Broken Base It's just a possibility Arbitrator Nikkolas said:
It was something I had remembered seeing a long time ago. It just stayed with me. But this must be correct. It makes perfect sense that their own venom would have no effect on them.
Thanks for the info. Otherwise he is at least not rational if not insane. And choosing death instead of continuation is only rational if the person believes in better afterlife. I'm not aware of a religion that does not forbid suicide, thus closing this door.
Sure there are some suicidal cults, but I don't think the people willing to listen and believe them could be considered rational. And rational people that are not religious either do not believe in afterlife or do not know if the afterlife will be better place to be. So, a happy, rational person do not really have that choice.
I originally began this thread in the philosophy section.
I meant for it to be a philosophical exercise. But the mods moved it here. As one poster noted, it's natural selection that programs us to stay alive. And that just maybe the case. But take away the consequences of an afterlife, or a better place, or eternal damnation.
Think of it as a plain choice. What I found interesting is that a very minuscule amount of humans choose death.
And it's practically unheard of among all other species. Common logic tells us that the happy, rational person will continuously choose life.
But I still think that it's amazing that that person will never choose suicide. So far as we know. There may have been some human or animal in the entire history of the earth who voluntary chose suicide--just for the sake of choosing it.lights the choice of the individual to take his or her own life, and the problem thus fits within a model of individual preference, if not rational choice.
6 Suicide, no less than martyrdom, is a socio-cultural. Suicide Is Not a Rational Act by Bill Brenner on August 15, As this week has gone on, we’ve seen discussion continue about suicide and depression as more .
|USEFUL LINKS||Melancholic depressionor social causes. Either way, there is a reason behind suicidal thoughts, and a rational decision about it is not likely incurable disease aside.|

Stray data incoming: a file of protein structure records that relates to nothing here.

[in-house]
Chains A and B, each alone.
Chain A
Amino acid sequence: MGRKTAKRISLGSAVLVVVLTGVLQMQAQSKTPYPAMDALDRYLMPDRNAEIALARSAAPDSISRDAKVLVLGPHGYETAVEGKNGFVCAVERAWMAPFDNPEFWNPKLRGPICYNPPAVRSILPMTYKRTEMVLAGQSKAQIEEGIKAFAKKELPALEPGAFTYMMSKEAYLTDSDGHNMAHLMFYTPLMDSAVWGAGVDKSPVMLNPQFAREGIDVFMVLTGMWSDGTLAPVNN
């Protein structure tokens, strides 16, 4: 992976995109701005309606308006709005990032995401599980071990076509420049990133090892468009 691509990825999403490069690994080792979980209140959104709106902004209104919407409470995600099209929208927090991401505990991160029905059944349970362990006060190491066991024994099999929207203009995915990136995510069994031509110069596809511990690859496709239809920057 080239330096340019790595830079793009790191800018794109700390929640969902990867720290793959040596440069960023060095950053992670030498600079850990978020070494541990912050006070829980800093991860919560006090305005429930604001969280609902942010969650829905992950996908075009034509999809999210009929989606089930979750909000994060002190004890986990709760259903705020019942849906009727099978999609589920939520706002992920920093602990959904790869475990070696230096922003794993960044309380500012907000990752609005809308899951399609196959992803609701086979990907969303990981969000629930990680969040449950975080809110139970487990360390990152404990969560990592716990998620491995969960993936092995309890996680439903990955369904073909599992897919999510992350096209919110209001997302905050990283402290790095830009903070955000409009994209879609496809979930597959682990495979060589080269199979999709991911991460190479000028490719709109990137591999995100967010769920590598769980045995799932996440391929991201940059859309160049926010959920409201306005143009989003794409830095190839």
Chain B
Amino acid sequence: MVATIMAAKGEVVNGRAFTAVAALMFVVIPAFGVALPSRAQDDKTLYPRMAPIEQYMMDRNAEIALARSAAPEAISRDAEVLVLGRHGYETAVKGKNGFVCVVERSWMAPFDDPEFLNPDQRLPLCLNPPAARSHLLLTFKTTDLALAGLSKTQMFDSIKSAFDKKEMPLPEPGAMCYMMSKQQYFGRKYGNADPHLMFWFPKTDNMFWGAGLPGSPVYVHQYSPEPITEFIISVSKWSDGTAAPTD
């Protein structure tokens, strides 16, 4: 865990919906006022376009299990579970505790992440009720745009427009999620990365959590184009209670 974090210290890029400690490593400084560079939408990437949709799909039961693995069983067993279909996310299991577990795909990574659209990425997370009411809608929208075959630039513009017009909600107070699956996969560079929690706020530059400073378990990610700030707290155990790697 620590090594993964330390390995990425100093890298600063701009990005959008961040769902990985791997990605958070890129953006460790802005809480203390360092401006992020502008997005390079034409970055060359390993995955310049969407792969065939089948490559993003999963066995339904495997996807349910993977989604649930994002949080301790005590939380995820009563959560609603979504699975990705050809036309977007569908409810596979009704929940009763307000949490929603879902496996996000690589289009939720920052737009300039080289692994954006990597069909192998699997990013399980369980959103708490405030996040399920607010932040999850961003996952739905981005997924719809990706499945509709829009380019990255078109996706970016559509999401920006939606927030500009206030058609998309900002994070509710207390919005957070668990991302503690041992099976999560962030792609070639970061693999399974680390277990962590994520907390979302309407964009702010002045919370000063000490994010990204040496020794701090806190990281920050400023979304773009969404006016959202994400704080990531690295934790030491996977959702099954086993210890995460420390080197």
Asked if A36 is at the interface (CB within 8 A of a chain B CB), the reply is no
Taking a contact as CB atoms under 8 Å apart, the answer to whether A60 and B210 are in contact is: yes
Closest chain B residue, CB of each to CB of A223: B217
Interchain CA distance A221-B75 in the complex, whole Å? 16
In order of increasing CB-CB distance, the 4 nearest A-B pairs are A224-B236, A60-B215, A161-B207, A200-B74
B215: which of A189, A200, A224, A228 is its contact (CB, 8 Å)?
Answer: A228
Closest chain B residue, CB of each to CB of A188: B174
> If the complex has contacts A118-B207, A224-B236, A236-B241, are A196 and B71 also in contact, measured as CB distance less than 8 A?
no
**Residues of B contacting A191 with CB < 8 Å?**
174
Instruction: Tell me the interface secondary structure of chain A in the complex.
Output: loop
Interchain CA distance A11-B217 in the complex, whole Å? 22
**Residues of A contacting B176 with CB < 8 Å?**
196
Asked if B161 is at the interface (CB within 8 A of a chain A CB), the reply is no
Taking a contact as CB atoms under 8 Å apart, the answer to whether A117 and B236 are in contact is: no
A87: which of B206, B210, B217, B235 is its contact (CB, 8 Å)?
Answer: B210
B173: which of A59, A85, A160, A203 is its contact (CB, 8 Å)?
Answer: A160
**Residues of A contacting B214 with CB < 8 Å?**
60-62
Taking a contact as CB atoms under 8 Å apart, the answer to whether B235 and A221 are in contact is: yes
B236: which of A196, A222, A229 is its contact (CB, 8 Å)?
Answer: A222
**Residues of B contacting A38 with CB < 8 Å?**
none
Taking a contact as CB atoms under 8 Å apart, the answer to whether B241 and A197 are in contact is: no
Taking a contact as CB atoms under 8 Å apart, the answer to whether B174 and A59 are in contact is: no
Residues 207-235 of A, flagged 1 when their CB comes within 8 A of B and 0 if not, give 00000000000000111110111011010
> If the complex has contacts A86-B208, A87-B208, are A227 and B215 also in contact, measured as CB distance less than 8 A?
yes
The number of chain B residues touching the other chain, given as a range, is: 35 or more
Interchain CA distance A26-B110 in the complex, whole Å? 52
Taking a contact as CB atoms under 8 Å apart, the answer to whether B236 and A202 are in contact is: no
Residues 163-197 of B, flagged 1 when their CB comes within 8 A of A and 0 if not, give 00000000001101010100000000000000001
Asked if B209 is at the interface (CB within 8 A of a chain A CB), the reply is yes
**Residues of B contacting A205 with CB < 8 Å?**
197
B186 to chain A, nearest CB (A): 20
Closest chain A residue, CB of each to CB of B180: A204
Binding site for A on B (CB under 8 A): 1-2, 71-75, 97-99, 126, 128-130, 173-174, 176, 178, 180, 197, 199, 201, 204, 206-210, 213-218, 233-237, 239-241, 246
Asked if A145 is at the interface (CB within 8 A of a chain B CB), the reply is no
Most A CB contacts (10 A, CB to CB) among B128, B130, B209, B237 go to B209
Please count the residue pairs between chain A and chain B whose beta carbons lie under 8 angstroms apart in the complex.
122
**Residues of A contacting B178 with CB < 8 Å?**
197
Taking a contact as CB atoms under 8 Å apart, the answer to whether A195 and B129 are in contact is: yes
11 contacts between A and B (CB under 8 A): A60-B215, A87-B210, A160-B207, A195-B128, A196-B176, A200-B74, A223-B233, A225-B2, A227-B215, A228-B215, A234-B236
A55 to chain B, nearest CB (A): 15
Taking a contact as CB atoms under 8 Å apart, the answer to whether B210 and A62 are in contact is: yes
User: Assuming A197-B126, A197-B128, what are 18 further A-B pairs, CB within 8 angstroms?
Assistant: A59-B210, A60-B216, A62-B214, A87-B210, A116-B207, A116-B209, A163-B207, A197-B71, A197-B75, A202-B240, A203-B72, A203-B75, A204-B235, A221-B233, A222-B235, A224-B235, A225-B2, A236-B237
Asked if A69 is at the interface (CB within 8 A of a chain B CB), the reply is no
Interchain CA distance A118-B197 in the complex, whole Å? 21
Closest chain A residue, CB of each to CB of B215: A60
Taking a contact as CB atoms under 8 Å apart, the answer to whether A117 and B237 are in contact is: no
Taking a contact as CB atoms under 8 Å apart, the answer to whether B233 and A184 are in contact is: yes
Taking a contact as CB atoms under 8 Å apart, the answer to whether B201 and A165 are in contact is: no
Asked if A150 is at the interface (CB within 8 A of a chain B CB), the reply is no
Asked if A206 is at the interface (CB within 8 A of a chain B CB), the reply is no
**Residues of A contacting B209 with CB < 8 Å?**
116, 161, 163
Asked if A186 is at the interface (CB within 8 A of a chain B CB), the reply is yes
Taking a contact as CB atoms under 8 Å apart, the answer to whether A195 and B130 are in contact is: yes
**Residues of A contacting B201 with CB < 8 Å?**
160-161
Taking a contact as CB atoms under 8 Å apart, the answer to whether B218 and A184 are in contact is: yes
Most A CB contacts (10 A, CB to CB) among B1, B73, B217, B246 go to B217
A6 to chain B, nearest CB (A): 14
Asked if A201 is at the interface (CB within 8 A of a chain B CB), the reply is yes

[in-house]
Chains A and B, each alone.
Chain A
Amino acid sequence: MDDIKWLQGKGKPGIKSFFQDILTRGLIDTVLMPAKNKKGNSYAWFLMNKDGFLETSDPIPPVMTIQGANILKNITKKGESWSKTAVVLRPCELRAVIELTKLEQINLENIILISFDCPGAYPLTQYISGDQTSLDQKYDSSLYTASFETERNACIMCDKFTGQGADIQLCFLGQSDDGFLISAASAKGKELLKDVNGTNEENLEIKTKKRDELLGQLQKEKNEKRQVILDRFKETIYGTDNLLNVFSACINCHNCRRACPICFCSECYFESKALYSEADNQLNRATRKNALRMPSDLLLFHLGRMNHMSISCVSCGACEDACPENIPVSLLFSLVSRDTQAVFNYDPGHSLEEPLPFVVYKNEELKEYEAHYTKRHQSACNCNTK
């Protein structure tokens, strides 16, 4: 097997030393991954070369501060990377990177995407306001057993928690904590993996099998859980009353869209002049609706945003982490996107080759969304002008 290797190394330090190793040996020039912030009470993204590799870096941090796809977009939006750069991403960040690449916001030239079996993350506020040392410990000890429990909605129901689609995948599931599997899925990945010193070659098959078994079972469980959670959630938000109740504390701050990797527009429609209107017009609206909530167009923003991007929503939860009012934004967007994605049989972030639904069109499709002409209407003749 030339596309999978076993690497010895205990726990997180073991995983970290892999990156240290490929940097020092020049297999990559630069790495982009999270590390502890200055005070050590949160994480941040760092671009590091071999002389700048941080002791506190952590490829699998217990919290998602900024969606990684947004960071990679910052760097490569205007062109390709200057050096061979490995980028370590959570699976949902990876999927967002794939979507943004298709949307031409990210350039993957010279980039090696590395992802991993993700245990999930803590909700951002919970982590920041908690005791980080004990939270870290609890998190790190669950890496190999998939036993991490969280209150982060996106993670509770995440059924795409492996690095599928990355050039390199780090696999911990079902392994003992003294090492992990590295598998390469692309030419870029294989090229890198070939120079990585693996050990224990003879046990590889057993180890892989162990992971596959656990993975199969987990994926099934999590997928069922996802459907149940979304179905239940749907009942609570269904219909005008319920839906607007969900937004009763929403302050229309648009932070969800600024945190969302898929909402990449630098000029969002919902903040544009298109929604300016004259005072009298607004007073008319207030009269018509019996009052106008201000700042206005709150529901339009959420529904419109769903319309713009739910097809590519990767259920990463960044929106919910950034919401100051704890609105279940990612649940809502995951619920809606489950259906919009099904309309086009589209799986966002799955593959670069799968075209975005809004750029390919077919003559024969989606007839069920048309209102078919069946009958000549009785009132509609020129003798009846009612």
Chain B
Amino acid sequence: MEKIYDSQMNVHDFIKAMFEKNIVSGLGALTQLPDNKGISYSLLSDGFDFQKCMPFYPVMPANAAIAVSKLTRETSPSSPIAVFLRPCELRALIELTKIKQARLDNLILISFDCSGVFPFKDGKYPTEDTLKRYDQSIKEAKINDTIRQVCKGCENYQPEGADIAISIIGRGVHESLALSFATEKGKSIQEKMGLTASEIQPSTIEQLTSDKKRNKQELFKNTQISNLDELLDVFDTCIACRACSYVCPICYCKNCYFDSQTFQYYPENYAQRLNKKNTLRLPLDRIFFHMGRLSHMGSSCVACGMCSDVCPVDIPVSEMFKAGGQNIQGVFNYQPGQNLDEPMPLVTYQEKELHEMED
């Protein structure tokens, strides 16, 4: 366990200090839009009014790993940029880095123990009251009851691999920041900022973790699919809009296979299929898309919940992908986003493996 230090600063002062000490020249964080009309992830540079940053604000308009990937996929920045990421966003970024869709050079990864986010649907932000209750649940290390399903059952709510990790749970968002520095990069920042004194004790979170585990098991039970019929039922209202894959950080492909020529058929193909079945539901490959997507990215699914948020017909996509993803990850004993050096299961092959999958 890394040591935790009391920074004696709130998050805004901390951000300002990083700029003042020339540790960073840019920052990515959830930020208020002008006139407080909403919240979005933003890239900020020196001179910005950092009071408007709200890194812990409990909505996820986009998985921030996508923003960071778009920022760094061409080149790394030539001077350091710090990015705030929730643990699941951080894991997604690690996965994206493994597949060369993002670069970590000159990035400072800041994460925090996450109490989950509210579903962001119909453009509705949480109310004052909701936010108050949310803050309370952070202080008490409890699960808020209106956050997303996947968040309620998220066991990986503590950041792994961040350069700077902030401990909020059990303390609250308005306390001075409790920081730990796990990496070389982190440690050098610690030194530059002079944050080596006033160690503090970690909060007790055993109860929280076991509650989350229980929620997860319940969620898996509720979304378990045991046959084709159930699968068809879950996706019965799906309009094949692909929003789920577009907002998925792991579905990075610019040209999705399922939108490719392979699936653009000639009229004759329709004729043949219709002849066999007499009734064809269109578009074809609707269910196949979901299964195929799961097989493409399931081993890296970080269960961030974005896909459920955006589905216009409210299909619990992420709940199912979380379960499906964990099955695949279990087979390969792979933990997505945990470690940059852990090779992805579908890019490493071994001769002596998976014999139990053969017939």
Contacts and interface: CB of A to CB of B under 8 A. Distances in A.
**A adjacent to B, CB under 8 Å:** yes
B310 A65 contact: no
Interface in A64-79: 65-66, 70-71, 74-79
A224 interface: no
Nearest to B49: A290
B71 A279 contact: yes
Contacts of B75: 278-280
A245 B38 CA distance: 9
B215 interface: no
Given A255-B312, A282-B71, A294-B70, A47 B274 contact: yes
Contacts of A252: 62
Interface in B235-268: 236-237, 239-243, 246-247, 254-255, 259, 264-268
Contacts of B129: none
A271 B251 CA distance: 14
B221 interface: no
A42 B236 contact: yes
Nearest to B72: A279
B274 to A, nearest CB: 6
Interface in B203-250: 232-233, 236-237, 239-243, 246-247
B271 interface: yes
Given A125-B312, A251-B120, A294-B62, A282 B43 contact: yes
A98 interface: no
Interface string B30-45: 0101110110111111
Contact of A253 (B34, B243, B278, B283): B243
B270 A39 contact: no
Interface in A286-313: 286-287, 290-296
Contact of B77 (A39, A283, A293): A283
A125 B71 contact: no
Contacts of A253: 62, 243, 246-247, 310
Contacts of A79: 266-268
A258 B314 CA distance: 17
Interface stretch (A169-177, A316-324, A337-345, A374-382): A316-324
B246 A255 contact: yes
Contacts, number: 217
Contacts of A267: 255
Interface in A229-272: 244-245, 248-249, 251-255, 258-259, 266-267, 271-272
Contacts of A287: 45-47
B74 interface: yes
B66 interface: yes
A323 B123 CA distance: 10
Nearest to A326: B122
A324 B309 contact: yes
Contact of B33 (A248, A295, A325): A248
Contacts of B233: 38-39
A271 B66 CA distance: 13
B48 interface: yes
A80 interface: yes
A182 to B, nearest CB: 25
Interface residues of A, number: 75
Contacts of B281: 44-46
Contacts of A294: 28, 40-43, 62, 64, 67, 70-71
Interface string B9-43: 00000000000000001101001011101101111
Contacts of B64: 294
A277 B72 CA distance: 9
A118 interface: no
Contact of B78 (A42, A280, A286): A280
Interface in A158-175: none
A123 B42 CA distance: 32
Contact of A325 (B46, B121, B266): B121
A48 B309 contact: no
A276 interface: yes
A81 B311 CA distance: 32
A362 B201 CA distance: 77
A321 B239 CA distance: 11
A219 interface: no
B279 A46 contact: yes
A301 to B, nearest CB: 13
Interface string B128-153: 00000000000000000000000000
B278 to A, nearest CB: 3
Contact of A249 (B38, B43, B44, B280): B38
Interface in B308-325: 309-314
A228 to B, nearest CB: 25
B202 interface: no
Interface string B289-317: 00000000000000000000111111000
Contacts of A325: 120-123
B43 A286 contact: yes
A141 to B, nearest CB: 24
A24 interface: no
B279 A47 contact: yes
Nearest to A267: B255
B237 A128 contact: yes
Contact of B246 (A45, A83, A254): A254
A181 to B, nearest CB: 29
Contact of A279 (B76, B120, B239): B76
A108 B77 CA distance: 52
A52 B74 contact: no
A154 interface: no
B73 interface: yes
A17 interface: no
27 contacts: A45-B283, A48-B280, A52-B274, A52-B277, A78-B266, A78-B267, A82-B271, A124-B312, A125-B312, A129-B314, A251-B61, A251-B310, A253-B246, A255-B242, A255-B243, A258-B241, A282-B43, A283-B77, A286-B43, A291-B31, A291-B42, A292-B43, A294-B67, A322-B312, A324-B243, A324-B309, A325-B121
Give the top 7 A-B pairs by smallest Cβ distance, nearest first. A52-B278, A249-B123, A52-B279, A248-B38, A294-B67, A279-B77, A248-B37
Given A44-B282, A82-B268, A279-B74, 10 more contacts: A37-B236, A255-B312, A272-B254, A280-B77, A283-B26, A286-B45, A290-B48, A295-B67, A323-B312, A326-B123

|Report Abuse||Those in favor of suicide as a personal choice reject the thought that suicide is always or usually irrational, but is instead a solution to real problems; a line of last resort that can legitimately be taken when the alternative is considered worse. They believe that no being should be made to suffer unnecessarily, and suicide provides an escape from suffering.|
The Bacchae study guide contains a biography of Euripides, literature essays, a complete e-text, quiz questions, major themes, characters, and a full summary and analysis. Mar 09, · I would say that suicide was not the rational choice in her case.
But it isn't really to be expected that a 16 year old, particularly an abused 16 year old, would have been able to think clearly about her options. Aug 31, · Is suicide by older adults ever a rational choice? It’s a topic many older people discuss among themselves, quietly or loudly — and one that physicians increasingly encounter, too.
Yet most have scant training or experience in how to respond, said Dr.
Meera Balasubramaniam, a geriatric psychiatrist at the New York University School of Medicine. A person is not going to commit suicide unless persuaded that the benefits of suicide outweigh the benefits of continued living.
To a certain extent, this position isn't purely rational; rather, it is also informed by the biologically hard-wired self-preservation instinct.